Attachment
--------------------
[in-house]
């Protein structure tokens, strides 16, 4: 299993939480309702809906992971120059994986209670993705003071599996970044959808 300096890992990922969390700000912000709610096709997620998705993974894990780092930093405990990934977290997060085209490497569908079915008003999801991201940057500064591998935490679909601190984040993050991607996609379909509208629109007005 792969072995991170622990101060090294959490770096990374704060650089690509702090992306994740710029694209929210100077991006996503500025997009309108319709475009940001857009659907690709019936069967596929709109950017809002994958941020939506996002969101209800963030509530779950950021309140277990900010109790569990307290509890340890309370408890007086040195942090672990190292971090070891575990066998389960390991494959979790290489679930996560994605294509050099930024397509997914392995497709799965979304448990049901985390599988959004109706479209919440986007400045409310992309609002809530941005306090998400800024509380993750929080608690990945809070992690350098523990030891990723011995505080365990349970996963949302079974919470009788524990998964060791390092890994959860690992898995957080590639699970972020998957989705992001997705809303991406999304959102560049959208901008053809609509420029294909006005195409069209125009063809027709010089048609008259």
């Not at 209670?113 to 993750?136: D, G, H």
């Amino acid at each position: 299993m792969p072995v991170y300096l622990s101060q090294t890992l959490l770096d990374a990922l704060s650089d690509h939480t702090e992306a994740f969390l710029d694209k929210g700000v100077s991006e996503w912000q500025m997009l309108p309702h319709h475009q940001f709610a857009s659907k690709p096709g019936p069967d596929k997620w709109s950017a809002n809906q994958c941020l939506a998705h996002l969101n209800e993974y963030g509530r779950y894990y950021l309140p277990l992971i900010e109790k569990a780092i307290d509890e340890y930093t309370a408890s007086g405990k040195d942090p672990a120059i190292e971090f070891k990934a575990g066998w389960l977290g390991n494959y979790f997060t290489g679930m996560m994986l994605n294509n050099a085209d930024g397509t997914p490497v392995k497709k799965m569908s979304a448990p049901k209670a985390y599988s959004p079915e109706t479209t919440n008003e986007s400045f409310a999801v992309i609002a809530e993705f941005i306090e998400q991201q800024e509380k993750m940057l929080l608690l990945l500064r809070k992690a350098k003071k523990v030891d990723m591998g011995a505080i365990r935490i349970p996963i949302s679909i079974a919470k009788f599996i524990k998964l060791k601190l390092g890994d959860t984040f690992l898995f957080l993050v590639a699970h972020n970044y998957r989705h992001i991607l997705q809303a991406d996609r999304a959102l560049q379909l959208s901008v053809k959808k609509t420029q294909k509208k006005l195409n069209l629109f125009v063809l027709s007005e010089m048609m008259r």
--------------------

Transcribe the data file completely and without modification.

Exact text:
[in-house]
């Protein structure tokens, strides 16, 4: 299993939480309702809906992971120059994986209670993705003071599996970044959808 300096890992990922969390700000912000709610096709997620998705993974894990780092930093405990990934977290997060085209490497569908079915008003999801991201940057500064591998935490679909601190984040993050991607996609379909509208629109007005 792969072995991170622990101060090294959490770096990374704060650089690509702090992306994740710029694209929210100077991006996503500025997009309108319709475009940001857009659907690709019936069967596929709109950017809002994958941020939506996002969101209800963030509530779950950021309140277990900010109790569990307290509890340890309370408890007086040195942090672990190292971090070891575990066998389960390991494959979790290489679930996560994605294509050099930024397509997914392995497709799965979304448990049901985390599988959004109706479209919440986007400045409310992309609002809530941005306090998400800024509380993750929080608690990945809070992690350098523990030891990723011995505080365990349970996963949302079974919470009788524990998964060791390092890994959860690992898995957080590639699970972020998957989705992001997705809303991406999304959102560049959208901008053809609509420029294909006005195409069209125009063809027709010089048609008259």
């Not at 209670?113 to 993750?136: D, G, H």
């Amino acid at each position: 299993m792969p072995v991170y300096l622990s101060q090294t890992l959490l770096d990374a990922l704060s650089d690509h939480t702090e992306a994740f969390l710029d694209k929210g700000v100077s991006e996503w912000q500025m997009l309108p309702h319709h475009q940001f709610a857009s659907k690709p096709g019936p069967d596929k997620w709109s950017a809002n809906q994958c941020l939506a998705h996002l969101n209800e993974y963030g509530r779950y894990y950021l309140p277990l992971i900010e109790k569990a780092i307290d509890e340890y930093t309370a408890s007086g405990k040195d942090p672990a120059i190292e971090f070891k990934a575990g066998w389960l977290g390991n494959y979790f997060t290489g679930m996560m994986l994605n294509n050099a085209d930024g397509t997914p490497v392995k497709k799965m569908s979304a448990p049901k209670a985390y599988s959004p079915e109706t479209t919440n008003e986007s400045f409310a999801v992309i609002a809530e993705f941005i306090e998400q991201q800024e509380k993750m940057l929080l608690l990945l500064r809070k992690a350098k003071k523990v030891d990723m591998g011995a505080i365990r935490i349970p996963i949302s679909i079974a919470k009788f599996i524990k998964l060791k601190l390092g890994d959860t984040f690992l898995f957080l993050v590639a699970h972020n970044y998957r989705h992001i991607l997705q809303a991406d996609r999304a959102l560049q379909l959208s901008v053809k959808k609509t420029q294909k509208k006005l195409n069209l629109f125009v063809l027709s007005e010089m048609m008259r």